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This series chronicles the adventures--in the air and on the ground--of the men of the 918th Bombardment Group of the U.S. Eighth Air Force. First commanded by irascible General Frank ... See full summary »
A young priest, Father Chisholm is sent to China to establish a Catholic parish among the non-Christian Chinese. While his boyhood friend, also a priest, flourishes in his calling as a ... See full summary »
John M. Stahl
The story of General of the Army Douglas MacArthur, Supreme Allied Commander during World War II and United Nations Commander for the Korean War. "MacArthur" begins in 1942, following the ... See full summary »
In this story of the early days of daylight bombing raids over Nazi Germany, General Frank Savage must take command of a "hard luck" bomber group. Much of the story deals with his struggle to whip his group into a disciplined fighting unit in spite of heavy losses, and withering attacks by German fighters over their targets. Actual combat footage is used in this tense war drama. Written by
KC Hunt <firstname.lastname@example.org>
"The Screen Guild Theater" broadcast another 60 minute radio adaptation of the movie on April 12, 1951 with Gregory Peck and Hugh Marlowe again reprising their film roles. See more »
As the B-17 makes a wheels up crash landing at the beginning, two ambulances are seen converging on the plane as they should, however, not one fire truck is present. Fire trucks are always required to be present at crash sites. See more »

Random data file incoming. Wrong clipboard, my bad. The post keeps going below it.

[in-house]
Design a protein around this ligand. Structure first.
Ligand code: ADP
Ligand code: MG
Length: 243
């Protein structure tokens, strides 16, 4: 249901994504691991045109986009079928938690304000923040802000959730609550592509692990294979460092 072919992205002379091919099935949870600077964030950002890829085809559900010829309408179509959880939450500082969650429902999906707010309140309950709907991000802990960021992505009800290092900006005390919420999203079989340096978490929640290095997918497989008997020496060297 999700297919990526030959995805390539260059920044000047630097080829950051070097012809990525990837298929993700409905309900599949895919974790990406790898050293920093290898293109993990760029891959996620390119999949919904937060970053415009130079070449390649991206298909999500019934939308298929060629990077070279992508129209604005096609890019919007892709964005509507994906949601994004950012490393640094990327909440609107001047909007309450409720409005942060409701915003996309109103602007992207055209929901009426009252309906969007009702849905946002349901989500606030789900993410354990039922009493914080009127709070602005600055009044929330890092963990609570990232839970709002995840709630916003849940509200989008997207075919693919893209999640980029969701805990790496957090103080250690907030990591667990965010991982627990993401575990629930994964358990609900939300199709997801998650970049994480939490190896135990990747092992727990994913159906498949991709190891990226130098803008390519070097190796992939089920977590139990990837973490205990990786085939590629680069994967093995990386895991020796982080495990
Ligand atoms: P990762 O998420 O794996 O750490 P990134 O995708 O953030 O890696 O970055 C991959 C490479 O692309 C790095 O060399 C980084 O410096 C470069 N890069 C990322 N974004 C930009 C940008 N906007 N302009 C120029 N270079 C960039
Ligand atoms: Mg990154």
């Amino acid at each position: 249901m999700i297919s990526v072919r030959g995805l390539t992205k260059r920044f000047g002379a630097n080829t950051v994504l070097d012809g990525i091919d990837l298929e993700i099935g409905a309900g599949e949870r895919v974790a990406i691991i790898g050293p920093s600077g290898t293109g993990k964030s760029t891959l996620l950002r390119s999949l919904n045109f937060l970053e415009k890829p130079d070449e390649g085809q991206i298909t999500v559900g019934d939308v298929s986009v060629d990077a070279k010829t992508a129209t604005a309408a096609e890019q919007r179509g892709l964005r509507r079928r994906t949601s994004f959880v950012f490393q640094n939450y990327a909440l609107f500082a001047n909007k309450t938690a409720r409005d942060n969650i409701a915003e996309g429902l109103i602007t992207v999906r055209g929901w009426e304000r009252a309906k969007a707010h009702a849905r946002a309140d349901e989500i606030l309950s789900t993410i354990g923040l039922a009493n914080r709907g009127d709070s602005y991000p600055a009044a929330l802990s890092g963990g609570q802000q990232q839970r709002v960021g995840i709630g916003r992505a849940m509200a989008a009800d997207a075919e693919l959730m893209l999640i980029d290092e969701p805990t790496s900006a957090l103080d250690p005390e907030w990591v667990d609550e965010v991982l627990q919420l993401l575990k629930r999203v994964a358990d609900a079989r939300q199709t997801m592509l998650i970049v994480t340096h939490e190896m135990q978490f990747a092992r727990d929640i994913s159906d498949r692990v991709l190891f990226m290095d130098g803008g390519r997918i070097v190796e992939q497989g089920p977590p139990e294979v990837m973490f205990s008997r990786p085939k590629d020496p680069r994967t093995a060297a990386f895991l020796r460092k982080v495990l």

Without any question, indisputably the greatest WWII film ever (except, perhaps for "Bridge on the River Kwai"; but that's a WWII story only in the same sense that "Moby Dick" is a book about a whale). There are no weaknesses in this movie. The screenplay is perfect, rooted as it is in the historical reality of the U.S.'s attempt to prove the superiority of Daylight Precision Bombing over the Brits favored strategy of night bombing. The terrible human pressures it placed on young American pilots AND their leaders has never been so well-portrayed on film. Dramatic tension is perfectly manipulated, and the characters are well-drawn, sympathetic and fully developed. Every member of this superb cast gives this great material the great acting it deserves. The usage of actual WWII bombing footage adds to the sense of reality. The psychological drama - what "maximum effort" does to people - is at the core of the story and supercedes the mere military aspect. And the device of the framing scenes - Harvey Stovall (Dean Jagger) recollecting the story while standing in the abandoned airstrip - is brilliant. It gives the tale an overwhelmingly bittersweet feeling of "long-ago" nostalgia. It is so powerful that Spielberg must have consciously had 12 O'clock High in mind when he used the same device in Saving Private Ryan to make that whole film a flashback, just as this one is. To hell with the flashy flamboyance of Citizen Kane; I would have to give 12 O'clock High a better shot at being "the best movie ever made". Film buffs &/or devotees of WWII history who haven't seen this one are living a deprived existence.
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